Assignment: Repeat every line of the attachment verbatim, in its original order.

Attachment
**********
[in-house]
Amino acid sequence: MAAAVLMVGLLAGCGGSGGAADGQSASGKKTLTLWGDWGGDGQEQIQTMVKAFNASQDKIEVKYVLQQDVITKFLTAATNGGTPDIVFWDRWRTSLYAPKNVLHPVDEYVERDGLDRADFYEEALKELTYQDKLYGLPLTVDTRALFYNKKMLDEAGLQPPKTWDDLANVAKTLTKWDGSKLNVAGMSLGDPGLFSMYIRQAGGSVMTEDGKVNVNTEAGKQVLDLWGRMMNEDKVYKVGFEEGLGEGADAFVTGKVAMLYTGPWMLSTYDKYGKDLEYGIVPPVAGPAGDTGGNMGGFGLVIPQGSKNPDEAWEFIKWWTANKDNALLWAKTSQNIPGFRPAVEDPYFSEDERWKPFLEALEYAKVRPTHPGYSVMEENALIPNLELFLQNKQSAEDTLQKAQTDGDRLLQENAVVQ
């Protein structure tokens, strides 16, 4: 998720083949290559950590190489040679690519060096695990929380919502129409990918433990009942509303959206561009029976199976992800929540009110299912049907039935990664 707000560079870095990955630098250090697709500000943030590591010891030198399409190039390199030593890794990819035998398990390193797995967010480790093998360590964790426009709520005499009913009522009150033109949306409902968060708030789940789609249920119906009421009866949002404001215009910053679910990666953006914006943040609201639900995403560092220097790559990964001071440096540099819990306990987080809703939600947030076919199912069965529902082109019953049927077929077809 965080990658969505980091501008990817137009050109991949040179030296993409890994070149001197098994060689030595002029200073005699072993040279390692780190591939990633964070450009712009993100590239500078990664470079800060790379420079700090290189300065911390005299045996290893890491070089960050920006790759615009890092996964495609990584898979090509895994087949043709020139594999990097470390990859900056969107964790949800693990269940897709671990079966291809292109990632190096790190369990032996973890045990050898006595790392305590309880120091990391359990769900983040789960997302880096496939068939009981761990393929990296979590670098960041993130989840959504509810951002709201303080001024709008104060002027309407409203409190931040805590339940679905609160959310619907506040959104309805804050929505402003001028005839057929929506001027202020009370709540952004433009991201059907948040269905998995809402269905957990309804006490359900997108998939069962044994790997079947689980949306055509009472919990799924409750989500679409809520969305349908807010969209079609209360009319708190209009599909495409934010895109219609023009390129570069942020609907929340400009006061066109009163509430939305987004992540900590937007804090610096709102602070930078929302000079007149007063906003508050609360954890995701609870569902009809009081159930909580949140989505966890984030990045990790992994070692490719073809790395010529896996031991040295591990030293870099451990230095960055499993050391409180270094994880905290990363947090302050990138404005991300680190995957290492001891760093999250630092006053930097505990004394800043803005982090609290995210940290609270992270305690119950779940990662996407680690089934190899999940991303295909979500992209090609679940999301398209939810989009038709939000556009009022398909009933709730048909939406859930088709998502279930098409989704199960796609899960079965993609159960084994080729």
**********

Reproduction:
[in-house]
Amino acid sequence: MAAAVLMVGLLAGCGGSGGAADGQSASGKKTLTLWGDWGGDGQEQIQTMVKAFNASQDKIEVKYVLQQDVITKFLTAATNGGTPDIVFWDRWRTSLYAPKNVLHPVDEYVERDGLDRADFYEEALKELTYQDKLYGLPLTVDTRALFYNKKMLDEAGLQPPKTWDDLANVAKTLTKWDGSKLNVAGMSLGDPGLFSMYIRQAGGSVMTEDGKVNVNTEAGKQVLDLWGRMMNEDKVYKVGFEEGLGEGADAFVTGKVAMLYTGPWMLSTYDKYGKDLEYGIVPPVAGPAGDTGGNMGGFGLVIPQGSKNPDEAWEFIKWWTANKDNALLWAKTSQNIPGFRPAVEDPYFSEDERWKPFLEALEYAKVRPTHPGYSVMEENALIPNLELFLQNKQSAEDTLQKAQTDGDRLLQENAVVQ
């Protein structure tokens, strides 16, 4: 998720083949290559950590190489040679690519060096695990929380919502129409990918433990009942509303959206561009029976199976992800929540009110299912049907039935990664 707000560079870095990955630098250090697709500000943030590591010891030198399409190039390199030593890794990819035998398990390193797995967010480790093998360590964790426009709520005499009913009522009150033109949306409902968060708030789940789609249920119906009421009866949002404001215009910053679910990666953006914006943040609201639900995403560092220097790559990964001071440096540099819990306990987080809703939600947030076919199912069965529902082109019953049927077929077809 965080990658969505980091501008990817137009050109991949040179030296993409890994070149001197098994060689030595002029200073005699072993040279390692780190591939990633964070450009712009993100590239500078990664470079800060790379420079700090290189300065911390005299045996290893890491070089960050920006790759615009890092996964495609990584898979090509895994087949043709020139594999990097470390990859900056969107964790949800693990269940897709671990079966291809292109990632190096790190369990032996973890045990050898006595790392305590309880120091990391359990769900983040789960997302880096496939068939009981761990393929990296979590670098960041993130989840959504509810951002709201303080001024709008104060002027309407409203409190931040805590339940679905609160959310619907506040959104309805804050929505402003001028005839057929929506001027202020009370709540952004433009991201059907948040269905998995809402269905957990309804006490359900997108998939069962044994790997079947689980949306055509009472919990799924409750989500679409809520969305349908807010969209079609209360009319708190209009599909495409934010895109219609023009390129570069942020609907929340400009006061066109009163509430939305987004992540900590937007804090610096709102602070930078929302000079007149007063906003508050609360954890995701609870569902009809009081159930909580949140989505966890984030990045990790992994070692490719073809790395010529896996031991040295591990030293870099451990230095960055499993050391409180270094994880905290990363947090302050990138404005991300680190995957290492001891760093999250630092006053930097505990004394800043803005982090609290995210940290609270992270305690119950779940990662996407680690089934190899999940991303295909979500992209090609679940999301398209939810989009038709939000556009009022398909009933709730048909939406859930088709998502279930098409989704199960796609899960079965993609159960084994080729």